One in four people in the world over the age of 25 will experience a debilitating stroke during their lifetime, a new study estimates. The study estimates the lifetime risk of stroke at the regional, country, and global level and has been published in the New England Journal of Medicine.
The Global Burden of Disease, GBD 2016 Lifetime Risk of Stroke Collaborators conducted a new study and have found that the global lifetime risk of stroke is approximately 25% starting at the age of 25 years among both men and women, and there is large geographic variation, with a particularly high lifetime risk of stroke in East Asia, Central Europe, and Eastern Europe.
The team led by Dr Gregory Roth at the University of Washington, in Seattle.used data from the Global Burden of Disease study to estimate the lifetime risk for having a stroke for those over the age of 25.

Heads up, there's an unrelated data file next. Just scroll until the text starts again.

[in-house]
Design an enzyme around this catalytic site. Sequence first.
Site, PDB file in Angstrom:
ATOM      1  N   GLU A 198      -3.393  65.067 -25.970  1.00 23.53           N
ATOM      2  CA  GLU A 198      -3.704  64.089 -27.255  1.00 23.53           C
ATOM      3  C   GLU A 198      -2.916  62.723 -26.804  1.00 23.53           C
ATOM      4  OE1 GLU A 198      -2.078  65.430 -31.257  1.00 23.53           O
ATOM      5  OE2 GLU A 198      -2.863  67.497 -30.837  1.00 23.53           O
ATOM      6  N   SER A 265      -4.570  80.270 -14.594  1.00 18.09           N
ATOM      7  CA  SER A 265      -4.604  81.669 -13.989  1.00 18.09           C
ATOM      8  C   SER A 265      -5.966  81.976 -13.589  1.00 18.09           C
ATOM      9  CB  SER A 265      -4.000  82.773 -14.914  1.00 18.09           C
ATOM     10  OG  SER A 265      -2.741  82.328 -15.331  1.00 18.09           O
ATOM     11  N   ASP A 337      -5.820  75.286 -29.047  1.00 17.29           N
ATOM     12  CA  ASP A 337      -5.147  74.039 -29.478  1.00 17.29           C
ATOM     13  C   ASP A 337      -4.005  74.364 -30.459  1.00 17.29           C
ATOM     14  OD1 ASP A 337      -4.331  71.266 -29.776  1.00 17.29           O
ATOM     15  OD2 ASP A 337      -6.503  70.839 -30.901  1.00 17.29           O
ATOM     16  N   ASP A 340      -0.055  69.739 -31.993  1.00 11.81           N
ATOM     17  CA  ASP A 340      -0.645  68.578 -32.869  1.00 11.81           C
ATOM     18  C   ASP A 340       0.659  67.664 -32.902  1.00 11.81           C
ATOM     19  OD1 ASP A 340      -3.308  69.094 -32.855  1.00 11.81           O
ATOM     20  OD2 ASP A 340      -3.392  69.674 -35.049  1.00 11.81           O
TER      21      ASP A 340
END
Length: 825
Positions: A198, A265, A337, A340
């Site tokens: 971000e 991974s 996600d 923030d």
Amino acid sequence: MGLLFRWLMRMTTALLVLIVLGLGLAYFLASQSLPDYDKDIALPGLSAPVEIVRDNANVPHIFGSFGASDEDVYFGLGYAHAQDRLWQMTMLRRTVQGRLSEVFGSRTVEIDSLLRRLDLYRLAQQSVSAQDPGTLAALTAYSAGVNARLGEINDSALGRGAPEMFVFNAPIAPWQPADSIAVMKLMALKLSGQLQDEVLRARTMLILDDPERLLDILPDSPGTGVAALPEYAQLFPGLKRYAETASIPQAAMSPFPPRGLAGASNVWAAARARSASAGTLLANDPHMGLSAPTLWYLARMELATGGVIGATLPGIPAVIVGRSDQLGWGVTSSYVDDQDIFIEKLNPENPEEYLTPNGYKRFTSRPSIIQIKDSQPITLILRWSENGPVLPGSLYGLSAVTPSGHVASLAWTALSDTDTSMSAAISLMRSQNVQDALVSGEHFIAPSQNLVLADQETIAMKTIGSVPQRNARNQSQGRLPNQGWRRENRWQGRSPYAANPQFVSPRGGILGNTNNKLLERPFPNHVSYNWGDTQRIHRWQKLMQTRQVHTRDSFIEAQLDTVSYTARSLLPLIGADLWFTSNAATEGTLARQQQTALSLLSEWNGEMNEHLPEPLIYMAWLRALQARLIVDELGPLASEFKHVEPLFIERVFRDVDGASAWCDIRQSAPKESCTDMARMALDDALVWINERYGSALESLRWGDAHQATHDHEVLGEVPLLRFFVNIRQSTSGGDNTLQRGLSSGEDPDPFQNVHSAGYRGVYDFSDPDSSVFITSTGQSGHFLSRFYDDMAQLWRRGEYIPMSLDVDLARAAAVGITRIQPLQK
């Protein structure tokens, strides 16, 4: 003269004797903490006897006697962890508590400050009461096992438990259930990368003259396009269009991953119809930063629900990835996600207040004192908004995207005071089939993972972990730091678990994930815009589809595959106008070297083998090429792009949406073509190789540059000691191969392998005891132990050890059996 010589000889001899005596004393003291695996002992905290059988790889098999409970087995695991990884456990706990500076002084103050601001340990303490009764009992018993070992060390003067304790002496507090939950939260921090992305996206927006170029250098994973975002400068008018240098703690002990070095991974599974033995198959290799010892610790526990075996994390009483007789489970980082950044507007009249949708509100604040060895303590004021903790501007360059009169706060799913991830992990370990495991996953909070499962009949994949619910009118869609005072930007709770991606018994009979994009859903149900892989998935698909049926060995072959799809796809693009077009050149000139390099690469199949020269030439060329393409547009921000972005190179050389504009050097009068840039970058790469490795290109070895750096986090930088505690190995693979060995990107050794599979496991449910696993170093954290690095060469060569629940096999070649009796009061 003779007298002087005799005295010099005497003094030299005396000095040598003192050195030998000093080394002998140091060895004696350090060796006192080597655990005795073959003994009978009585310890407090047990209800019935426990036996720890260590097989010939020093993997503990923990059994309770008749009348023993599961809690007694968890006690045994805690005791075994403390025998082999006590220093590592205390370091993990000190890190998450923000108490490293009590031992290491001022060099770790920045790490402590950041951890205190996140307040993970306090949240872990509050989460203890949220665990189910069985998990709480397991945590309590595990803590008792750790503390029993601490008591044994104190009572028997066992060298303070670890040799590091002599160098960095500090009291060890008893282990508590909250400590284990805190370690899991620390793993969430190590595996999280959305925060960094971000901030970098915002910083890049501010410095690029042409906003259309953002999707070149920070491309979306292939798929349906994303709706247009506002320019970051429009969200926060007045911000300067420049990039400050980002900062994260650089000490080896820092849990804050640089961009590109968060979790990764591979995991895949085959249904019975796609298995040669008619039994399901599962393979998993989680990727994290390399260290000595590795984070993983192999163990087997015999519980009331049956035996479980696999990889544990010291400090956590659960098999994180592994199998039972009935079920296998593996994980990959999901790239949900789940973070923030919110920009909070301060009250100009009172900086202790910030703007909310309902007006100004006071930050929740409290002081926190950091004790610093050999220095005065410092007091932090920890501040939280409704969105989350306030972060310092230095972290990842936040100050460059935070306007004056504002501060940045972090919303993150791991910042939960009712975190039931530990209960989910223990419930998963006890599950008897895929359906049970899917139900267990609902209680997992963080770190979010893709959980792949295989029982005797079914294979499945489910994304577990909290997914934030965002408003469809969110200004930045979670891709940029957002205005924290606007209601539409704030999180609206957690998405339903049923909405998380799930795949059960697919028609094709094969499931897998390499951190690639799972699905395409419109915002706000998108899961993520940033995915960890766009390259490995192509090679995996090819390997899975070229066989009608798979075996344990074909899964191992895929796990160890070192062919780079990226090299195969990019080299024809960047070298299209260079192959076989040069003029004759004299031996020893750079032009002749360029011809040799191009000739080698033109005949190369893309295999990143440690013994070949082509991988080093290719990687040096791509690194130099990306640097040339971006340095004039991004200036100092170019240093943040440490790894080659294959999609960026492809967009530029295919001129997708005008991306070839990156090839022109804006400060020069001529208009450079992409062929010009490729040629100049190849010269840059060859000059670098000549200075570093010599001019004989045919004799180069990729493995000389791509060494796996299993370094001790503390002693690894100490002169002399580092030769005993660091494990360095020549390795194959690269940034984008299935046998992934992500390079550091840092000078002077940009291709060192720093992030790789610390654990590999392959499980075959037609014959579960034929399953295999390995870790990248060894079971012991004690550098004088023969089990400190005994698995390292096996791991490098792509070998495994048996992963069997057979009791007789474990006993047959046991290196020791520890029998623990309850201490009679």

The investigators looked at the two major forms of stroke: ischemic strokes, caused by clots, which make up about 85 per cent of strokes; and strokes caused by bleeding in the brain, called hemorrhagic strokes, which make up about 15 per cent. The data came from 195 countries and spanned the years 1990 to 2016.
The researchers found that the risk of stroke for people over the age of 25 ranged from 8 per cent to 39 per cent, depending on where in the world they lived. The Chinese had the highest risk (with more than a 39 per cent lifetime risk), followed by people in Central and Eastern Europe. The lowest risk was among those living in sub-Saharan Africa. The mean global lifetime risk of stroke increased from 22.8% in 1990 to 24.9% in 2016, a relative increase of 8.9% (95% uncertainty interval, 6.2 to 11.5); the competing risk of death from any cause other than stroke was considered in this calculation.
“These findings suggest that adults need to think about their long-term health risks, including stroke, at a much younger age,” Roth said.
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